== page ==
How difficult is it to choose a kimono? Well it is, or at least if you do not have the necessary information. It is not just a matter of choosing the one you like the most, there are many variants that can be influenced by small details. That is why we recommend that you read this entry carefully before making a purchase, to know what they will find when they have all the models of kimono in front of their faces.
As always happens when he is about to make a purchase of sports equipment, the first question to answer is why; since training, competition, or the climate where the sport takes place is not the same. So, first we give them the instruction to know what they are going to use the kimono for. Once this point has been resolved, an estimated amount of money should be put into your mind that you plan to spend; The model, brand and quality of the kimono will depend on that.
Now we are ready to go into detail and move forward with this selection process. We will start by giving information regarding designs. If they did their homework, then they already know what they need their kimono for.
Training: We will start by calling the training kimono GI. In this case, there are no restrictions on colors, embroidery, patches or prints. They can choose the design that best identifies them, represents them or with which they feel most identified. Some colors have personal meanings, so being a GI just for training, you can feel free to choose the color you prefer.
Competition: IBJJF is the regulator of the sport and it is they who decide the colors to use in official competitions, these are: white, black, blue and royal blue. This information is of utmost importance if you have the desire to compete. We ask you to be careful with the choice of royal blue, as it is often confused with navy blue; color that is not allowed within the competition rules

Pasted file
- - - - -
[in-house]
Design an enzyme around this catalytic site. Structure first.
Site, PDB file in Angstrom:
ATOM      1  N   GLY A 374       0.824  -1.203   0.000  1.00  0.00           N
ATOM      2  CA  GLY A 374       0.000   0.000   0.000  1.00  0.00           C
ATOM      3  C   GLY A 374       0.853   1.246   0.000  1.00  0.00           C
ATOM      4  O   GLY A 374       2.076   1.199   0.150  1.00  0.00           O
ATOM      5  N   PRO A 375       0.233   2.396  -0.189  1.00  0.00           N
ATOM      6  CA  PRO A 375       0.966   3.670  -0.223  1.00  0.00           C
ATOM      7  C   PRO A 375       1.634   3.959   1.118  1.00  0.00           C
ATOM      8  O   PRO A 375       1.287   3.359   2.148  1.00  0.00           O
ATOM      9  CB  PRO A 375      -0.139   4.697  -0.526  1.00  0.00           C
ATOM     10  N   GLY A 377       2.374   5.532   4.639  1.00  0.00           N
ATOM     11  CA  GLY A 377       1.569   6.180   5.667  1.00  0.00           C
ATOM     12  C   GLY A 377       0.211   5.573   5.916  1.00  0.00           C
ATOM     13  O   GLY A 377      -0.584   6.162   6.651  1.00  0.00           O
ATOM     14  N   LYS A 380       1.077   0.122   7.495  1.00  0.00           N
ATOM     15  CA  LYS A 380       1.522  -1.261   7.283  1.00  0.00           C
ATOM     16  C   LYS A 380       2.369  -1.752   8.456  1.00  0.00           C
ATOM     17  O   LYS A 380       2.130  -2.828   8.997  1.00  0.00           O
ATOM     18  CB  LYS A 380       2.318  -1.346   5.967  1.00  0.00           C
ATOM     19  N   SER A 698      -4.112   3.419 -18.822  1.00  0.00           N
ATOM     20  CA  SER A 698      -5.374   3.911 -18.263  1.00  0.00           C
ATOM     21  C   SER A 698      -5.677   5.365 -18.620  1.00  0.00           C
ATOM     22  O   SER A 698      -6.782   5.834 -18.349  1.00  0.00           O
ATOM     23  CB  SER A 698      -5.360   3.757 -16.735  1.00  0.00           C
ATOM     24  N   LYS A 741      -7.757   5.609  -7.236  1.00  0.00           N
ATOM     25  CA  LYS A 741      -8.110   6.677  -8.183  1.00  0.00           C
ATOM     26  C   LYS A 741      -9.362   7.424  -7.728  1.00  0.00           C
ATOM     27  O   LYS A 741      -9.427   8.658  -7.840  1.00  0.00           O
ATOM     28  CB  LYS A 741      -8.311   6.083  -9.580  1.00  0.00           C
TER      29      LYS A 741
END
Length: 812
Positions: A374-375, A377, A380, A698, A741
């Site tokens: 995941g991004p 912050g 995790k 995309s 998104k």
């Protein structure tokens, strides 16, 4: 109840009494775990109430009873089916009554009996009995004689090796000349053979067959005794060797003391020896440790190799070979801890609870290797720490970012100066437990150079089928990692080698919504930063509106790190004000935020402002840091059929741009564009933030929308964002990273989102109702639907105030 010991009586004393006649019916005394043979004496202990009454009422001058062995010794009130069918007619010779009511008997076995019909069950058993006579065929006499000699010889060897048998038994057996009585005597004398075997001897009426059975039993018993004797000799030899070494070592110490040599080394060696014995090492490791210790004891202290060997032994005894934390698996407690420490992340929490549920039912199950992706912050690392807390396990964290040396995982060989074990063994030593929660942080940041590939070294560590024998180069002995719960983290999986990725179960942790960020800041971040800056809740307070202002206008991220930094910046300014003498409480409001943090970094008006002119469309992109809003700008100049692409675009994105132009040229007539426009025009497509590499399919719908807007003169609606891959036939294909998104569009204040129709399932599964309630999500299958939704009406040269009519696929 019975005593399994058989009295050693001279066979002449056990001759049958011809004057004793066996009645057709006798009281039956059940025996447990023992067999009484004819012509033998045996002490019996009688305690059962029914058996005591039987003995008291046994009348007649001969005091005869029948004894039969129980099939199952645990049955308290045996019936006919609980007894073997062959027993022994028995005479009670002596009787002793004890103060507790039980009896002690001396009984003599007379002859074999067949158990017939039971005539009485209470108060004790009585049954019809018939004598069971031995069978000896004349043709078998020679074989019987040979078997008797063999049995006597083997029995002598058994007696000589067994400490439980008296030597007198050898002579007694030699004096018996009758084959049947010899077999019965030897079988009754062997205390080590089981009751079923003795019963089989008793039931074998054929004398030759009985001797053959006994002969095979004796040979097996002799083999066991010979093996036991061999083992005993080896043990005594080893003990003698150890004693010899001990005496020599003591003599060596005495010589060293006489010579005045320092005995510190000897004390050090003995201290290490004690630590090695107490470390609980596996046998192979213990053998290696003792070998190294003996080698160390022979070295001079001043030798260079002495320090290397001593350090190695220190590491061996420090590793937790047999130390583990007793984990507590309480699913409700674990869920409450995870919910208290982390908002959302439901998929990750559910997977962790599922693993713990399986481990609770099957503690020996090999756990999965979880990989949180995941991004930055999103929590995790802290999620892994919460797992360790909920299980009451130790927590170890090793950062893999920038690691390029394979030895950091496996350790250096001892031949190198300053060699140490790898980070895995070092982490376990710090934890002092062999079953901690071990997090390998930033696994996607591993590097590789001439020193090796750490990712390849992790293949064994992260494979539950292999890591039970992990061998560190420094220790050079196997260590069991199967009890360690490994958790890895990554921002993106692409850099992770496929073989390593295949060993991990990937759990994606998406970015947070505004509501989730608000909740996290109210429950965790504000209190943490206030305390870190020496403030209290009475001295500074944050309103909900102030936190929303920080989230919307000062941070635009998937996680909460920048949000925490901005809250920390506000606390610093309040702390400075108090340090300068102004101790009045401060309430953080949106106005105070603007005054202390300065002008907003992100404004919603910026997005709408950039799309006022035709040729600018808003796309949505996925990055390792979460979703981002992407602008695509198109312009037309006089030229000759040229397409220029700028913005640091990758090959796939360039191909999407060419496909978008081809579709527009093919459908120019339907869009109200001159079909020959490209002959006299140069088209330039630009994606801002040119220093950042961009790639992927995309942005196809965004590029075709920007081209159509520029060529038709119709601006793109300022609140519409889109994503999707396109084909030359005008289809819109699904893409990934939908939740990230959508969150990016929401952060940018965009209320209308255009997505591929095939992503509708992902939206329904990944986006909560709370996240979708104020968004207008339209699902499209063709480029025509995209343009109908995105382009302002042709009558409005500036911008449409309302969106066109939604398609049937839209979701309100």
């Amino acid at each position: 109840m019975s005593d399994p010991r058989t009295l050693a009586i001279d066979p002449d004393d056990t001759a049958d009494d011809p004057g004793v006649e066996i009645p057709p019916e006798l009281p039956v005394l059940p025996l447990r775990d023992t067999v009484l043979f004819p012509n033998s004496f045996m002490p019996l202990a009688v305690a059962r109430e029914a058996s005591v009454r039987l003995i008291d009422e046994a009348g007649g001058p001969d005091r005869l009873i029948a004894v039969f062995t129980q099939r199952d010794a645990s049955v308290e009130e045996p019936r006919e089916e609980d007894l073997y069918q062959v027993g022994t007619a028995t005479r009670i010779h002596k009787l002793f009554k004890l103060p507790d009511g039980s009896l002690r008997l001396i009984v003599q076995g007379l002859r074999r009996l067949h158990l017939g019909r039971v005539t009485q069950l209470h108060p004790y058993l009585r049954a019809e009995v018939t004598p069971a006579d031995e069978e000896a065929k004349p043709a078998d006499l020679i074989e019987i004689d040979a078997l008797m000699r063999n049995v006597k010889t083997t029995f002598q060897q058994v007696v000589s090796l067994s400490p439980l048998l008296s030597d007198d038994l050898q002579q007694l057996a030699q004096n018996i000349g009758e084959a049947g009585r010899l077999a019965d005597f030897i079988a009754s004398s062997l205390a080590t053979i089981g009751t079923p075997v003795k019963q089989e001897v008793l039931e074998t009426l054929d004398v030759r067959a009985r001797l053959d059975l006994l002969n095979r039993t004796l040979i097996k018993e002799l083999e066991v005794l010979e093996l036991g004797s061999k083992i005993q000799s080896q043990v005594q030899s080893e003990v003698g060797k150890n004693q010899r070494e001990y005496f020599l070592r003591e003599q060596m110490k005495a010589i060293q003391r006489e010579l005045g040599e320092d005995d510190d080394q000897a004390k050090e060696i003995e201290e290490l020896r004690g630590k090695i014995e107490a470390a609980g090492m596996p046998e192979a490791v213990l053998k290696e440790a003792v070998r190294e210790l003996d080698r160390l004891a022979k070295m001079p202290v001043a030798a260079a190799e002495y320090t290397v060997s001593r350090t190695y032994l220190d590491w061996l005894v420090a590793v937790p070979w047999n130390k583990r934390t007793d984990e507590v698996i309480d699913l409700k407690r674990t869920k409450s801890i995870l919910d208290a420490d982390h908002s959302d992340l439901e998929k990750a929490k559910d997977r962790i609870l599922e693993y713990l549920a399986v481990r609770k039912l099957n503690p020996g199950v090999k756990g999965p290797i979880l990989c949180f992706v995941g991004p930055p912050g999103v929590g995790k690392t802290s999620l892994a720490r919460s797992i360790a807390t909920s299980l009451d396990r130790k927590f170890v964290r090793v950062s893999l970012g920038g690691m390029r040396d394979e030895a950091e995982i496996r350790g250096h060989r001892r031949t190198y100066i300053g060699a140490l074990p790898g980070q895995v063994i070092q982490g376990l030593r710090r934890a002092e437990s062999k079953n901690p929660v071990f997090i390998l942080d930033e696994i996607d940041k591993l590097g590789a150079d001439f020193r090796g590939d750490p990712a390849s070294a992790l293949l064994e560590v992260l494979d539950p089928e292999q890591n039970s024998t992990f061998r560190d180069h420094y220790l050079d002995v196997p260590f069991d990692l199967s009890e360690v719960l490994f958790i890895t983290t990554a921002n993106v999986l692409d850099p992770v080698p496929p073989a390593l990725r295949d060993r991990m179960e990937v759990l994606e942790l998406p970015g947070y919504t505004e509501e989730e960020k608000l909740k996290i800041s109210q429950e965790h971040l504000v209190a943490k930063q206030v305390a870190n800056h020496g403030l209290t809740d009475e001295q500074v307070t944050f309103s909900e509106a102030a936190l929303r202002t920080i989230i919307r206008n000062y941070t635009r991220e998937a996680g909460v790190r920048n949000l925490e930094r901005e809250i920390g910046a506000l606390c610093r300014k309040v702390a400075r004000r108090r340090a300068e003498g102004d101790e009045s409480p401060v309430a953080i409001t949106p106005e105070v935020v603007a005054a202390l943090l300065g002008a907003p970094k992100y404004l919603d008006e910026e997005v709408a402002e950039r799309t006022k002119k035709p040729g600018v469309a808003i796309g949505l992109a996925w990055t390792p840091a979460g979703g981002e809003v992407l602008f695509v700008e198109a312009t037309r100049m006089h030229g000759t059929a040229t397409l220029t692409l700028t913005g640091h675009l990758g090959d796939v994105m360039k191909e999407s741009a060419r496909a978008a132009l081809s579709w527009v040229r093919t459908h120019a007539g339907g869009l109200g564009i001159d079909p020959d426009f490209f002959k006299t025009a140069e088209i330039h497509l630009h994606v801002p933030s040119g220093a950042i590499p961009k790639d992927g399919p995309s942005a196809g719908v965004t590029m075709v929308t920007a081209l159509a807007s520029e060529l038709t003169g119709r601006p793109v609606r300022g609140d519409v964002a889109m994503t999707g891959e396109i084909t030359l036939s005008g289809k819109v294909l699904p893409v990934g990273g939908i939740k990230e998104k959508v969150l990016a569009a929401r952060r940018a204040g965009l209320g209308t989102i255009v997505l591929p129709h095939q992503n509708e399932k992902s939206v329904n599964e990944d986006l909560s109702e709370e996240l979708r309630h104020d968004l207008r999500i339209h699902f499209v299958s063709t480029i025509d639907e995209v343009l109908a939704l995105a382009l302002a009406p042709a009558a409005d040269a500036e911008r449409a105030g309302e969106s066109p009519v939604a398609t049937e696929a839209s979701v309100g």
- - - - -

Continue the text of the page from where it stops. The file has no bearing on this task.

As for the fabric of the Kimono, these are classified into three materials and models, each with its characteristics:
Single Wave, they are made with less cotton so they are lighter and lighter. The positive thing is that, being lighter, in the competitions where the weighing is done with the Kimono on, it is helpful for those fighters who go with the right weight. In addition, they are ideal for use in places where the weather is hot. The negative, the material is less resistant, therefore, it has less durability and can favor the rival in terms of grips and control positions.
Double Wave, they have more cotton in their construction making them heavier, but durable and resistant at the same time. The positive, in addition to its resistance, is that the flap is harder and that helps making it difficult for the opponent to hold on to strangle or when maintaining a safe position. The negative is that its price is higher.
Then there are Gold Wave, Pearl Wave, they vary in weight, price and brand. And it would be more a matter of personal preference, but none should be a significant factor in performance during combat.
As for the pants, we only have two models:
Cotton Drill; It is a strong and firm cotton fabric. They are fresh and long-lasting, but they tend to increase their weight with sweat.
RipStop; It is the same fabric that military pants and even parachutes are made from. They are light, fresh, resistant and dissipate moisture.
The most used sizes are A0, A1, A2, A3, A4 and A5, covering from 50 kg of weight to 125 kg. There are some brands that produce smaller Kimonos for children. One thing to keep in mind is that cotton tends to shrink with washes. That is why we recommend washing with cold water and drying it outdoors. Depending on the quality of the Kimono it will be the inches that it shrinks.
Finally, we want to leave you some tips to extend your life time. Mainly, always prevent it from staying wet; It is best to hang it inside out in fresh air after using it, and if possible use lycra under the Kimono so that it is this that absorbs sweat. Never leave your kimono in the sun, this will damage the fabric and take away the color.